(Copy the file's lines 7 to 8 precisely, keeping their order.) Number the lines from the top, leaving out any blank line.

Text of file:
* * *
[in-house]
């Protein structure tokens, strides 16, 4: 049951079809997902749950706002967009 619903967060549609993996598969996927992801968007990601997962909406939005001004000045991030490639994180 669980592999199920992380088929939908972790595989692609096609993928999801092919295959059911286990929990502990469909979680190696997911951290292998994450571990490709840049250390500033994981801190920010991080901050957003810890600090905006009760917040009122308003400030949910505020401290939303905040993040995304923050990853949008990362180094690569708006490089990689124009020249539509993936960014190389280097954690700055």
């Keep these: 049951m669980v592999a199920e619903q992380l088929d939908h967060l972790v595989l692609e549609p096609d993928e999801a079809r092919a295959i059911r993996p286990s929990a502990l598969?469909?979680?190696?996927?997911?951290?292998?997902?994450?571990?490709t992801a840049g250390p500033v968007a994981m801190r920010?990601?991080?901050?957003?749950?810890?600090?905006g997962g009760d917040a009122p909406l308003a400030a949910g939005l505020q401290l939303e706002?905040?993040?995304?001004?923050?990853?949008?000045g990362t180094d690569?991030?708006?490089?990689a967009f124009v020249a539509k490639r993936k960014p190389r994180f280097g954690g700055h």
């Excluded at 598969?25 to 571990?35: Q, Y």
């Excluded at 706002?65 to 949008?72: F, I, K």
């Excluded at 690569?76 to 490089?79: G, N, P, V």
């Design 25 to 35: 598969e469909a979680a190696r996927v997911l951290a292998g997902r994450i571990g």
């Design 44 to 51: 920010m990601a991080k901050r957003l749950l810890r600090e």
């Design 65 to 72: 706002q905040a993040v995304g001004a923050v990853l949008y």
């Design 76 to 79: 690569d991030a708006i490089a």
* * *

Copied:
């Design 25 to 35: 598969e469909a979680a190696r996927v997911l951290a292998g997902r994450i571990g």
């Design 44 to 51: 920010m990601a991080k901050r957003l749950l810890r600090e």